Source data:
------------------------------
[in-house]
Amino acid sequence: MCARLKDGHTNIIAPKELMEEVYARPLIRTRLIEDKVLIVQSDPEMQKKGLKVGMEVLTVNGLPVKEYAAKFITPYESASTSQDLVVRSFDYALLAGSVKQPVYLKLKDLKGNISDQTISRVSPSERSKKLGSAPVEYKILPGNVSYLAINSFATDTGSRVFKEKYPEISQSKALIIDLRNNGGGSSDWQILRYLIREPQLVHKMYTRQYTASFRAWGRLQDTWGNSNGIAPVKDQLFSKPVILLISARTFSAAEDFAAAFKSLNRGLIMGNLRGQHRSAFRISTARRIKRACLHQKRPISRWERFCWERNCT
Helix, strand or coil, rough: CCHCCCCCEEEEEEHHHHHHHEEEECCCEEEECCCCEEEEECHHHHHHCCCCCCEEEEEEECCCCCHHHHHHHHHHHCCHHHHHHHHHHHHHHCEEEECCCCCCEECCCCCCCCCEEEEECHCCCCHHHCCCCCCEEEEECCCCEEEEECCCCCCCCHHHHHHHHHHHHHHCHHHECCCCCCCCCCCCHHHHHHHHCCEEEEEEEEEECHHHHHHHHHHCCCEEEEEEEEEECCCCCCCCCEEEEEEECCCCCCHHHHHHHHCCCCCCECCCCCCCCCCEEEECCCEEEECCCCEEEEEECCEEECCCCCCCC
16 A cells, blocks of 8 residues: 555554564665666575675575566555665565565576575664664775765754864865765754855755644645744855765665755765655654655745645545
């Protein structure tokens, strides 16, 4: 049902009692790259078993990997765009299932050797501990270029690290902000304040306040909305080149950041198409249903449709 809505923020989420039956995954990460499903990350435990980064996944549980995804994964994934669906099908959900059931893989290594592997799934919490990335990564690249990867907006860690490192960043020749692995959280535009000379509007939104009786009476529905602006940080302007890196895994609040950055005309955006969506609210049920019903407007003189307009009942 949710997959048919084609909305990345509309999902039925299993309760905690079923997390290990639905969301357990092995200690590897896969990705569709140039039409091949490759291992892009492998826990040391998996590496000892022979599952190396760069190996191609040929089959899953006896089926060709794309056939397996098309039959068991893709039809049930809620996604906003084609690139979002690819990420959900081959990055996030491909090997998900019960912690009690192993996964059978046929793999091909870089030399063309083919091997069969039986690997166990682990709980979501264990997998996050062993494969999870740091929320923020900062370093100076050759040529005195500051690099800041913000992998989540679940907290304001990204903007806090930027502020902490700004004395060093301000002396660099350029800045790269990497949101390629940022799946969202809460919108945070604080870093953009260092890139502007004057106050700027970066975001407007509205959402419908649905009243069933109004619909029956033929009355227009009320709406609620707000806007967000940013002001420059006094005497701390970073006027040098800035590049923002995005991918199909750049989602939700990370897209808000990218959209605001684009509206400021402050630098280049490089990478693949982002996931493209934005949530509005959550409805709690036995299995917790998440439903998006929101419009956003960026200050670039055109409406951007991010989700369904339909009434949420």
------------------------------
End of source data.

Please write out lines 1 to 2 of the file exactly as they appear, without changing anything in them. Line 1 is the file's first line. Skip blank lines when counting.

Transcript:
[in-house]
Amino acid sequence: MCARLKDGHTNIIAPKELMEEVYARPLIRTRLIEDKVLIVQSDPEMQKKGLKVGMEVLTVNGLPVKEYAAKFITPYESASTSQDLVVRSFDYALLAGSVKQPVYLKLKDLKGNISDQTISRVSPSERSKKLGSAPVEYKILPGNVSYLAINSFATDTGSRVFKEKYPEISQSKALIIDLRNNGGGSSDWQILRYLIREPQLVHKMYTRQYTASFRAWGRLQDTWGNSNGIAPVKDQLFSKPVILLISARTFSAAEDFAAAFKSLNRGLIMGNLRGQHRSAFRISTARRIKRACLHQKRPISRWERFCWERNCT